Then they'll readjust their power levels accordinginly.

And now, this is going to cause different types of interference in different types

of channel gains. And then, we're going to measure the SIRs

again, and send the SIRs back, and adjust their powers again, and so on.

So the next way is an iterative algorithm, and it will keep going on just

like this. Iterative means it's going to take

multiple steps, and eventually, we hope that the algorithm will converge which it

will converge, as we said, provided that the SIRs are feasible.

And again, by feasible we mean compatible, or that they can all be

satisfied simultaneously. So a good word for this would be

compatible [SOUND], for feasible. And, in fact, in addition to Converging

to a set of power levels that will work and that will achieve these desired

signal, interference ratios. They're also going to be optimal in the

sense that they're at the smallest power levels as possible.

So, the reason the higher power levels are bad, just to give you an idea is

that, the more power your cell phone uses to transmit, the more its batteries are

going to drain. So you want to always be setting it at

the lowest power you can while still achieving that SIR value.

And additionally, it's just not good to waste energy when you don't have to.

So that's another thing as well. So before we continue on to this example,

first let's point out a few of the values that we will be working with in the first

thing about each of the examples that you will see throughout this course is that

they're going to be much, much smaller than a real system.

So a real system in a real cellular are going to have many many many more devices

than you're going to see and we're going to be working with here, but we're

constrained by what we can write on a single piece of paper, and additionally,

it will illustrate the main ideas just by considering a smaller example.

So, now in this table over here, we're showing each of the three transmitters on

this side, A, B, and C and then the receivers as well.

And this, each of these values, is what we call a gain.

And the direct gains are from, for instance, from A to A, from B to B, and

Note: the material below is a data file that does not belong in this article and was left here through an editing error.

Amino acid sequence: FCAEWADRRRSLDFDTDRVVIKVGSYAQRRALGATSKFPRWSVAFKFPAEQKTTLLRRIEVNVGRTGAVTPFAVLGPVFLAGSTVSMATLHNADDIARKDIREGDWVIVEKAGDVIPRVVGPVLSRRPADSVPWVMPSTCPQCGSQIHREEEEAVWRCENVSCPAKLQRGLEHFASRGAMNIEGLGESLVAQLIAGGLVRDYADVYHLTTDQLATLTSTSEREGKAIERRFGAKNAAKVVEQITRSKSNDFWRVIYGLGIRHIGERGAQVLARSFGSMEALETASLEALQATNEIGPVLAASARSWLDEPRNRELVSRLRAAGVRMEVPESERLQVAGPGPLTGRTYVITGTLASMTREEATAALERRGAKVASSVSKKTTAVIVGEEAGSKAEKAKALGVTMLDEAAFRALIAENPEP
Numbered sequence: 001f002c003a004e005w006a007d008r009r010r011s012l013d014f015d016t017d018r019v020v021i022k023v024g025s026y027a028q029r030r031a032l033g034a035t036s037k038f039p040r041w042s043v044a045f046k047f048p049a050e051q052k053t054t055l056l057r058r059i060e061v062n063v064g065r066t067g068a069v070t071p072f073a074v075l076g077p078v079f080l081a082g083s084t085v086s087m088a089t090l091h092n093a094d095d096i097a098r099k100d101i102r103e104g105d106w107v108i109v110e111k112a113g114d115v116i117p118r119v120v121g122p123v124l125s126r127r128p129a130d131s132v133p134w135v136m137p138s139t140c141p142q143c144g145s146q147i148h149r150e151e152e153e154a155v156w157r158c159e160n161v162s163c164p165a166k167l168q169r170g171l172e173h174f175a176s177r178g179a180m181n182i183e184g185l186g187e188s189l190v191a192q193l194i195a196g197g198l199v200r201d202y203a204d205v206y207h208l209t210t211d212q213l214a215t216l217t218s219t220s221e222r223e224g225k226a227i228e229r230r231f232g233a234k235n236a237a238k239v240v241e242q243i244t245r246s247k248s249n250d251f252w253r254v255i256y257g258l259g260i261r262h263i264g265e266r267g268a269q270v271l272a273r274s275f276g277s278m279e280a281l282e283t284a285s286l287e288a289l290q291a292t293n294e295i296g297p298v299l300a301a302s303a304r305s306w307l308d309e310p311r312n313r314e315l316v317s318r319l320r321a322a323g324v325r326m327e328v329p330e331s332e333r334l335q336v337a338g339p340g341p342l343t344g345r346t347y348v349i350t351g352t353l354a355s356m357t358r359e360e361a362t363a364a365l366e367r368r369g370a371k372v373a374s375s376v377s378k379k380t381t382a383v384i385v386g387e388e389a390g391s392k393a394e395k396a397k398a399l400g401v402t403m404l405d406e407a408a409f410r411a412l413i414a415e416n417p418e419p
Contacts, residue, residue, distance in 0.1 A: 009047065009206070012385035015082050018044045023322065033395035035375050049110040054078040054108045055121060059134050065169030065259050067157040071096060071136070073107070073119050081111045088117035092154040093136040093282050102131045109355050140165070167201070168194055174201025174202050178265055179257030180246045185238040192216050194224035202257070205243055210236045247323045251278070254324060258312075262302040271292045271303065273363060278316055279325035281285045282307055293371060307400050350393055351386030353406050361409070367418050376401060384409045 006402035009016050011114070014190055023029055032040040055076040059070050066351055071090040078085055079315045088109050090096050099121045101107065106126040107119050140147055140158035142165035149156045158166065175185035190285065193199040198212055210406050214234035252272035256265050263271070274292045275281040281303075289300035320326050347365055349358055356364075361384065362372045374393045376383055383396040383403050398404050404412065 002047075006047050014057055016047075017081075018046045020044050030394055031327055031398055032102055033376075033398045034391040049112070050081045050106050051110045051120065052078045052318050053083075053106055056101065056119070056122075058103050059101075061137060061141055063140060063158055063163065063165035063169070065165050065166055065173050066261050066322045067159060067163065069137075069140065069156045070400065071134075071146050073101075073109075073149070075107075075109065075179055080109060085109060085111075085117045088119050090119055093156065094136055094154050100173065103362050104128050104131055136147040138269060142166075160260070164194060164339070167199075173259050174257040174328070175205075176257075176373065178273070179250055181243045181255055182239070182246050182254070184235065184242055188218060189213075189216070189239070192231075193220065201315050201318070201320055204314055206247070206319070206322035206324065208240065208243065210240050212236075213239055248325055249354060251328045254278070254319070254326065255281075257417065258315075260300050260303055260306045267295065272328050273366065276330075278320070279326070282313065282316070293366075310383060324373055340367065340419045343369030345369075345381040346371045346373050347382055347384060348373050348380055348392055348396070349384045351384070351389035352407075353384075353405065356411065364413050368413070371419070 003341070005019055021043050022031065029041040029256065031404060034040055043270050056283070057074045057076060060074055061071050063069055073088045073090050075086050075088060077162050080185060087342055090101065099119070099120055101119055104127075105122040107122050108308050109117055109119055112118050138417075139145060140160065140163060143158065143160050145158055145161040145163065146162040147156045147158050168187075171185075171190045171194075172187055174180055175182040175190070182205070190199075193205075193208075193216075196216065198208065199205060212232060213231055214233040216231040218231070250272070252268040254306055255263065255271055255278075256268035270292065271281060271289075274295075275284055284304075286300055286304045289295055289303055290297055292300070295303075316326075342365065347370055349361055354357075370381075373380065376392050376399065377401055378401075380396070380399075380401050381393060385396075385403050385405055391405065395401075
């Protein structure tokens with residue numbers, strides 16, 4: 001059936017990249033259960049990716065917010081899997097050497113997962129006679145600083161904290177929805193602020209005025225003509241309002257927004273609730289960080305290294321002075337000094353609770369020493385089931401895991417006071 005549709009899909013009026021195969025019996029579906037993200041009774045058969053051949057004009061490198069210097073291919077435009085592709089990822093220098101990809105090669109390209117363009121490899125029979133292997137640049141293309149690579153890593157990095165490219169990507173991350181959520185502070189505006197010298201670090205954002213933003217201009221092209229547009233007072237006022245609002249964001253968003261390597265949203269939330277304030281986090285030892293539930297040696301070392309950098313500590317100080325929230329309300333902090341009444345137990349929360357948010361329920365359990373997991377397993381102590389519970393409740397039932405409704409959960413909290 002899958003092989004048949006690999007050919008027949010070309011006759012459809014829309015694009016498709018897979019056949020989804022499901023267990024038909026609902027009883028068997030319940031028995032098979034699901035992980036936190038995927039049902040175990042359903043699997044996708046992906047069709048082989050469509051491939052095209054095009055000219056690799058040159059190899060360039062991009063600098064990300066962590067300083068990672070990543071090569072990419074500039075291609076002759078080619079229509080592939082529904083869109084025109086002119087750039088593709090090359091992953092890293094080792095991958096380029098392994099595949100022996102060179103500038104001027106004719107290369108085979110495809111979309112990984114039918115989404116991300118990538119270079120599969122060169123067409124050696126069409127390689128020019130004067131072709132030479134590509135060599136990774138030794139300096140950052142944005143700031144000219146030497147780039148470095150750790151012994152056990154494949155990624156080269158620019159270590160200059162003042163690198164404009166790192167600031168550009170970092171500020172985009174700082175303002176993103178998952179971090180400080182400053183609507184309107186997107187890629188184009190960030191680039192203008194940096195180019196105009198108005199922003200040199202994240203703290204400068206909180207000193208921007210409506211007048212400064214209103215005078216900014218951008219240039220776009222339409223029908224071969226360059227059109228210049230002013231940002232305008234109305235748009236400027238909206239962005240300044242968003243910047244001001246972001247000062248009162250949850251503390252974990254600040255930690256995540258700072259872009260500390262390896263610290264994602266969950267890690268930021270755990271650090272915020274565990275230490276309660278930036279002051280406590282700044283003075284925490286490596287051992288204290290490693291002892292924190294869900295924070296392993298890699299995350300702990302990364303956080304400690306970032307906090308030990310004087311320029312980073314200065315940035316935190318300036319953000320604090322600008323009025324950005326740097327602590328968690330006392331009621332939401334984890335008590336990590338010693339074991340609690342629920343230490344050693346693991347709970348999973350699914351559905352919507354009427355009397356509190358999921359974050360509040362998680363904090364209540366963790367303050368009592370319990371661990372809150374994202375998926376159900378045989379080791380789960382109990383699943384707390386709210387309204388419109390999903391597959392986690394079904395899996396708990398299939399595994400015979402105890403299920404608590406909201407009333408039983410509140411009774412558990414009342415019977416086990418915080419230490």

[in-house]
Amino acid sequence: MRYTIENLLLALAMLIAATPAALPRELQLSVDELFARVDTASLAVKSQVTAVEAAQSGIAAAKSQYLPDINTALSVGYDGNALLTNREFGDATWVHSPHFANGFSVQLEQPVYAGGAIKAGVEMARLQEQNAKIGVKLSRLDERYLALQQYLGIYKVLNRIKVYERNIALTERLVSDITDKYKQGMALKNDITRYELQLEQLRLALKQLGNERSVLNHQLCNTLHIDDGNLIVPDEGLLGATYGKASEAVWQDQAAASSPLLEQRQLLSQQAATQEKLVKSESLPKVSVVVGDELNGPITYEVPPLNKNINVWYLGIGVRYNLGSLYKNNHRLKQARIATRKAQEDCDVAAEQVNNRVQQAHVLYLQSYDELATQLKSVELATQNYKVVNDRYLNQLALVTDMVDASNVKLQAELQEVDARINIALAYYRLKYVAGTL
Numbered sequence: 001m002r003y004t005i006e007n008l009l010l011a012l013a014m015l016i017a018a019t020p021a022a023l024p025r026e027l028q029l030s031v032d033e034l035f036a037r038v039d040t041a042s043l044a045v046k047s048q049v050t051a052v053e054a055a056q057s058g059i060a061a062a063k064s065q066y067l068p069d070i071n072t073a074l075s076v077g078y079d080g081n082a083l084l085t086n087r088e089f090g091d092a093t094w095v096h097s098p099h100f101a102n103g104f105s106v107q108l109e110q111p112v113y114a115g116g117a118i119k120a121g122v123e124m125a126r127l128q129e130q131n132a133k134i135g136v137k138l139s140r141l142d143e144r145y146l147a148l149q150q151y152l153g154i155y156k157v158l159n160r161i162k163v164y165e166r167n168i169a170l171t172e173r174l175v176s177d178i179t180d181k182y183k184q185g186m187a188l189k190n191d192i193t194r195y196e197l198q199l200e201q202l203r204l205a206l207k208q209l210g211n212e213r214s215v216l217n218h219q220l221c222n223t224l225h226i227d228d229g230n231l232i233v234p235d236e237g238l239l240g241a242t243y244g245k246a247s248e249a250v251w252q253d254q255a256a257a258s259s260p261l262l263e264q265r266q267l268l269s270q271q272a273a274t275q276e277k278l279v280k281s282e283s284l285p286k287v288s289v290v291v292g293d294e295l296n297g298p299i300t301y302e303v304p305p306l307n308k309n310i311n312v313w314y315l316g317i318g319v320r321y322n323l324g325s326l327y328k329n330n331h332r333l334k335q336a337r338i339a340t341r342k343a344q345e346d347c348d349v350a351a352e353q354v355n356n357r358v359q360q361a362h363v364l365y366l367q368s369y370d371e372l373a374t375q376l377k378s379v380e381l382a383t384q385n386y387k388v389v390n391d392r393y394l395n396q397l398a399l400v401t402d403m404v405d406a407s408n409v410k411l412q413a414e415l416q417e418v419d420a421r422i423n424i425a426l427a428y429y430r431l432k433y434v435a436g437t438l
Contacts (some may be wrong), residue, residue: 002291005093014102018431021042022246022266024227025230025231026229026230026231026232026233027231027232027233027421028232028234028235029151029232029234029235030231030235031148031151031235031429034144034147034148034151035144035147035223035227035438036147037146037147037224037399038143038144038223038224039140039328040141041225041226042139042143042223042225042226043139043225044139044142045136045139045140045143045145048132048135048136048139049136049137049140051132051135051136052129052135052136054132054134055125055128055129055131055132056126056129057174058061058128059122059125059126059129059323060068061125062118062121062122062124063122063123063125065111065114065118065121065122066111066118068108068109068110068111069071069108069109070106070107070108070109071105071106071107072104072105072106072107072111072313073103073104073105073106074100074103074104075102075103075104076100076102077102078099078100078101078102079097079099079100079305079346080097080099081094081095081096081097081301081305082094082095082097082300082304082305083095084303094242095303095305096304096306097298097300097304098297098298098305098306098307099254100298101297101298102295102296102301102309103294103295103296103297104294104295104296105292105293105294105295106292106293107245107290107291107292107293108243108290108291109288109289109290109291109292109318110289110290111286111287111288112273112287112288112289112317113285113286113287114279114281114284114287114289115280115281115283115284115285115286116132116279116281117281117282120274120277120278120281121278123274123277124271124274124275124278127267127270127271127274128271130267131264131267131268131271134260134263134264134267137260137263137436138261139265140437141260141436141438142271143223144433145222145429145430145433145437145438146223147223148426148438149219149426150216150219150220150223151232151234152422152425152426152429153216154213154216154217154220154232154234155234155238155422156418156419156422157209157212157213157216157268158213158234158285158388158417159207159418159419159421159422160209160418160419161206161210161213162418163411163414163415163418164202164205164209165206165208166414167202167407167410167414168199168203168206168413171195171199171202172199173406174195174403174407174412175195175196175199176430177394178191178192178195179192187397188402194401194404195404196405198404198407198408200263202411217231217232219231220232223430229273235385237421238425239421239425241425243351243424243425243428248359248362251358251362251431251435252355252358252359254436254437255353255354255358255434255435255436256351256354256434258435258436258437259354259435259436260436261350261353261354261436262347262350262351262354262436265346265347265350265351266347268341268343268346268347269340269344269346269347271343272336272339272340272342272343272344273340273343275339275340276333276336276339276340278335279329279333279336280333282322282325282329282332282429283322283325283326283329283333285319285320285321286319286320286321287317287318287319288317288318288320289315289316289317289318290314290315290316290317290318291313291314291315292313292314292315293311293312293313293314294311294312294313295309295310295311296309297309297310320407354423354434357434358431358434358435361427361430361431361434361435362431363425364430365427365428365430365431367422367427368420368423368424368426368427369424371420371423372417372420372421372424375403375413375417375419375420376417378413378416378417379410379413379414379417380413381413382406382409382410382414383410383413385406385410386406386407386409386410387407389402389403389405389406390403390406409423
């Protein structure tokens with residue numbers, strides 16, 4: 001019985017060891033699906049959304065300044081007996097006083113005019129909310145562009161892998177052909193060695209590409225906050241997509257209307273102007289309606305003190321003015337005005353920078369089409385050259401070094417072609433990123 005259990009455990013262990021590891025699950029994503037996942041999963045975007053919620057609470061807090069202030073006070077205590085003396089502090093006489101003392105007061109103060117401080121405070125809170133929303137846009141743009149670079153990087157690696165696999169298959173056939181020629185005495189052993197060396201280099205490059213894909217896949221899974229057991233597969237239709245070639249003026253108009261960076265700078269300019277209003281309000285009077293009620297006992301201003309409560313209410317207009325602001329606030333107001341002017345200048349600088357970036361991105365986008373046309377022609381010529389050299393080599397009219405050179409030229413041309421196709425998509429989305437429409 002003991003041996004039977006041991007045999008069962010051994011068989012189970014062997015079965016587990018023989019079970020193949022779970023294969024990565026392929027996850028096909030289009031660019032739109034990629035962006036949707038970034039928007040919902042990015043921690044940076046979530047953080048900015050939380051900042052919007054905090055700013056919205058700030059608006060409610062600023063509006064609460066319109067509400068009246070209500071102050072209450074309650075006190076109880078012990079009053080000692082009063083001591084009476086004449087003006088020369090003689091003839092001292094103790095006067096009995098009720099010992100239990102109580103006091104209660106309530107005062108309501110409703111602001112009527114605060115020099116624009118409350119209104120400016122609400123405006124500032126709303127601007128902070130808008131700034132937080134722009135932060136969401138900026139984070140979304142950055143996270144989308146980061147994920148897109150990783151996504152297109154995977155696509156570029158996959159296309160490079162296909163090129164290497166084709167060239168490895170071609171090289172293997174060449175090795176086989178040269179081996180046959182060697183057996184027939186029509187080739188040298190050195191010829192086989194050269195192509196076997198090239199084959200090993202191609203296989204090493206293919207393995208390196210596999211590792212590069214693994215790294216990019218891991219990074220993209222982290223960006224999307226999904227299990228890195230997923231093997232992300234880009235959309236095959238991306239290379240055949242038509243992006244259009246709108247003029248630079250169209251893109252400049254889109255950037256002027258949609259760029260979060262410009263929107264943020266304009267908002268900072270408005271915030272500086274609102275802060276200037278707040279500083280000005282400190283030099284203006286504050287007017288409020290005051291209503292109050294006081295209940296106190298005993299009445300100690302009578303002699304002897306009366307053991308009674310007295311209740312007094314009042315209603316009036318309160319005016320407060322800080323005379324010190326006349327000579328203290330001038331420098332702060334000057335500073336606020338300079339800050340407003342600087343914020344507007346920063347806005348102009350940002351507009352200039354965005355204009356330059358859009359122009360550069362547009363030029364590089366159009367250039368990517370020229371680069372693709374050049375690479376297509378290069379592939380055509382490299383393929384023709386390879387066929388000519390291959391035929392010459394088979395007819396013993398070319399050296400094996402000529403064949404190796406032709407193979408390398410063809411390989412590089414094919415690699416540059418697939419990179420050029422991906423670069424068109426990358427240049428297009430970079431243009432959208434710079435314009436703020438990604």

from C to C. Those are the [SOUND] direct Channel gain

so we can write that here direct this is direct and this is direct.

And what this is really saying from A to A being point 9 is that whatever transmit

power we start with over here its multiplied by point 9.

And that is what it gets received at over here.

And we look at these as gain values, but since there less than one, we know that

is going to be less than what we transmitted at by the time we get to the

receiver because we're multiplying, so its really an attenuation but we look at

them as gain just strictly speaking for, in mathematical terms.

So then from B to B it's 0.8,so B has not as good of a direct channel gain as A

because you the direct channel gain to be as high as possible and C has 0.9 just

like as A does. Now we looking for the interfering gain,

for instance we can say from A strating with A to B, from A to B is 0.1, so this

value over here B 0.1. from A to C we have 0.2, so this couples

down here 0.2 of that. So wherever transmittive power we're at

we multiply it by 0.2 and we get how much power is going to come into the receiver

from as a result of A. So we want the indirect channel gains so

each of these dotted lines are indirect. And I'm not going to write all of the

indirect, I'm not going to write indirect six times.

And I don't need to write indirect six times, you get the idea.

So, we want the indirect gains to be as small as possible, whereas we want the

direct gains to be as high as possible. We can't always get all we want and then

from B we know B couples into A as 0.1 and B couples into C as 0.2 C couples to

A a 0.2 and C couples to B as 0.1 one thing we should know is that this table

is not symmetric And symetric would mean that going from B to A is the same thing

as going from A to B. So for many of the values here it

actually is symetric but for instance if you look at from C to B and B to C there

not the same cause we have point 1 and 0.2.

And the reason they're not the same is that different transmitters are going to

have different effects on different receivers.

Now, the next set of values that we need are based upon the links themselves.

So link A, link B, and link C have different parameters.

First is the target SIR, At the receiver. The target signal to interference ratio.

So A wants to get to 1.8, B wants to get to 2.0, and C wants to get to 2.2.

And now, in terms of noise, as we said, each noise is going to have a certain

amount of power. We're in a fraction of a milliwatt here.

A has 0.1 milliwatts noise, B has 0.2 milliwatts noise, and C has 0.3

milliwatts noise. So, you can see that they have different

necessities for different signal qualities, which'll depend upon the

specific phone and. Things along those lines, but

additionally, the receivers themselves are going to have different noises too,

and C is the worst in terms of noise, whereas A is the best.